Irisin levels in patients with severe hypothyroidism may be a potential biomarker for predicting myocardial injury. This cross-sectional study finding was published in the International Journal of Endocrinology.
Study participants (n=25) with newly diagnosed, untreated, severe primary hypothyroidism and a group of age- and gender-matched healthy controls (n=17) were recruited between 2014 and 2015 at the Beijing Chaoyang Hospital in China.
Researchers assessed participants using anthropometric indicators, medial history, and biochemical tests. Blood samples were collected after an overnight fast.
The hypothyroid and control cohorts were aged mean 37.40±1.92 and 33.41±1.96 years and BMI was 25.74±0.70 and 22.25±0.86 kg/m2, respectively. The hypothyroidism group differed significantly from the control group for triglycerides (P = 001), total cholesterol (P = 001), creatine kinase (P = 001), free triiodothyroinine (P = 001), free throxine (P = 001), thyroid stimulating hormone (P = 001), BMI (P =.003), low-density lipoprotein cholesterol (P =.004), and irisin (P =.014).
During cardiac assessment, 10 patients in the hypothyroidism cohort had pericardial effusions and the hypothyroidism group as a whole exhibited reduced peak filling rates (P <.05) and increased myocardial T1 (P <.01). These observations indicated diastolic dysfunction and the presence of early diffuse myocardial lesions.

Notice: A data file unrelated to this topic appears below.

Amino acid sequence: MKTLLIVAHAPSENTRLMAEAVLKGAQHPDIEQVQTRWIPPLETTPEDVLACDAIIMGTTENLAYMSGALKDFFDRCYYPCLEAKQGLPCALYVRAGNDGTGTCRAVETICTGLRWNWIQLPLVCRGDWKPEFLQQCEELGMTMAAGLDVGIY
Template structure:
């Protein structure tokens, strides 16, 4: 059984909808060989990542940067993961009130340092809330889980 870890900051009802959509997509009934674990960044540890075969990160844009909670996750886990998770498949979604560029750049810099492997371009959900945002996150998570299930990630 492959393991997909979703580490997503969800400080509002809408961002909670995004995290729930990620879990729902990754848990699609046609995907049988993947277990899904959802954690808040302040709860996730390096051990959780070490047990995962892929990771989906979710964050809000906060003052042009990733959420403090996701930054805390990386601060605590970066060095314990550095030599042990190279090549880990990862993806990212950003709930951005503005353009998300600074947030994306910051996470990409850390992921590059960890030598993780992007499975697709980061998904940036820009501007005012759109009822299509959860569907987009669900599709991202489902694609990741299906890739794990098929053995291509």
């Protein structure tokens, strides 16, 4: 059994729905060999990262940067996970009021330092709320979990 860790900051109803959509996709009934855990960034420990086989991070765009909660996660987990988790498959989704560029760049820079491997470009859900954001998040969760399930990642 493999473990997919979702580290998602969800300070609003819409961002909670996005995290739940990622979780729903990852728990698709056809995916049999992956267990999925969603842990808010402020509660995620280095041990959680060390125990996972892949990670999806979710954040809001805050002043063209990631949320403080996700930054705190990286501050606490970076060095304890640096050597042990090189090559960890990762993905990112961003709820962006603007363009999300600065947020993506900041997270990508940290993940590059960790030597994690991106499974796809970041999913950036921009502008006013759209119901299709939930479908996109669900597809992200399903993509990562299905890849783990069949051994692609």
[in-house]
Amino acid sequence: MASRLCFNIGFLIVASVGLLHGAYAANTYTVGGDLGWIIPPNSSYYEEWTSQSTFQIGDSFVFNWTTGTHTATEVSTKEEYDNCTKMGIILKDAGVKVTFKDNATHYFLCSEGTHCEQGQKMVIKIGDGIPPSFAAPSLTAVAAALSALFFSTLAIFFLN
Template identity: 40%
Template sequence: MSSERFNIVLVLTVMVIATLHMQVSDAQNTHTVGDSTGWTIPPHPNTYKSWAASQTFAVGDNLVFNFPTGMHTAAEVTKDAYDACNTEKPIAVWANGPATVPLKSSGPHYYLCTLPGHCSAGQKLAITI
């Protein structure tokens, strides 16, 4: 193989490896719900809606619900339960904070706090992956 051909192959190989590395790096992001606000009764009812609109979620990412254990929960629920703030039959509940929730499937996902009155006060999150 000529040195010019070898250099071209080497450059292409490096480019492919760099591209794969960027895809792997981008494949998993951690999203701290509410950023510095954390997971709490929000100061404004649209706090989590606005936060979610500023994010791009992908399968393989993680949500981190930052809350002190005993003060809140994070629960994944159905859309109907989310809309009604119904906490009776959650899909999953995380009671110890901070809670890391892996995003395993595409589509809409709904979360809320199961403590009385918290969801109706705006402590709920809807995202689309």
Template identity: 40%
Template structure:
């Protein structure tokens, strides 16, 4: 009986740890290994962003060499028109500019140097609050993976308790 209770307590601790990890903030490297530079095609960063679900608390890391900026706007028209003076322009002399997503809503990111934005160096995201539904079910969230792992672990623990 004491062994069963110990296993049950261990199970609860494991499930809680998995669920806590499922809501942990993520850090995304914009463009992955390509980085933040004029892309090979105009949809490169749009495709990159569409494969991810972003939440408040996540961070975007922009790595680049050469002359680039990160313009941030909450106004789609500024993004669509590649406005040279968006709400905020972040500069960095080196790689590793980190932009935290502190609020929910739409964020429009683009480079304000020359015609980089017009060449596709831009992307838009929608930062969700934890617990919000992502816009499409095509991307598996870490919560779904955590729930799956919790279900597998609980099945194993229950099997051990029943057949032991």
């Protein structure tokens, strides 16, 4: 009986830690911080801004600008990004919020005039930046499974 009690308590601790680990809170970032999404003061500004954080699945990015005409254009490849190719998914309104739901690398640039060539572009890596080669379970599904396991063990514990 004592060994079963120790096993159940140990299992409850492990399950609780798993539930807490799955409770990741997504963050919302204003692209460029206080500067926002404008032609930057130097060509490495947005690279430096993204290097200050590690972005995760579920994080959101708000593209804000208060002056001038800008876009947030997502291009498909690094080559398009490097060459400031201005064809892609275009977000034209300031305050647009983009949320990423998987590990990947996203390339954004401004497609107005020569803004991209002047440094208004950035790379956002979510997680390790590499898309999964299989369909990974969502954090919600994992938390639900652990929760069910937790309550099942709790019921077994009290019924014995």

Among the subgroup of patients with severe hypothyroidism who had pericardial effusion, irisin levels were lower than those without pericardial effusion (mean, 13.16±3.93 vs 51.85±6.38 ng/mL; P <.01), respectively.
Serum irisin had a diagnostic sensitivity for pericardial effusion of 73.3% and specificity of 100.0%, with an area under the curve (AUC) of 0.920 (P <.001). The cutoff value of serum irisin for diagnosing pericardial effusion in people with severe hypothyroidism was 36.94 ng/mL.
Circulating irisin concentrations were found to be negatively correlated with left ventricular T1 value levels (r, -0.494; P <.05) and native T1 values (b, 1.568; P <.05). After adjusting for potential confounders, native T1 levels remained significantly associated among patients with severe hypothyroidism (b, -1.473; P <.05).
This study was cross-sectional with a small sample size and could not demonstrate causality, the investigators acknowledged. They also noted exercise is considered a primary inducement of irisin secretion and its potential influence on results could not be eliminated.
“Low serum irisin levels may indicate diffuse myocardial injuries for patients with severe hypothyroidism,” the study authors said, acknowledging that a larger sample size and multicenter studies are needed to confirm this correlation.
Yao Z, Ding X, Gao X, et al. Irisin as a Potential Biomarker Associated with Myocardial Injuries in Patients with Severe Hypothyroidism. Int J Endocrinol. 2021;2021:3116068. doi:10.1155/2021/3116068
This article originally appeared on Endocrinology Advisor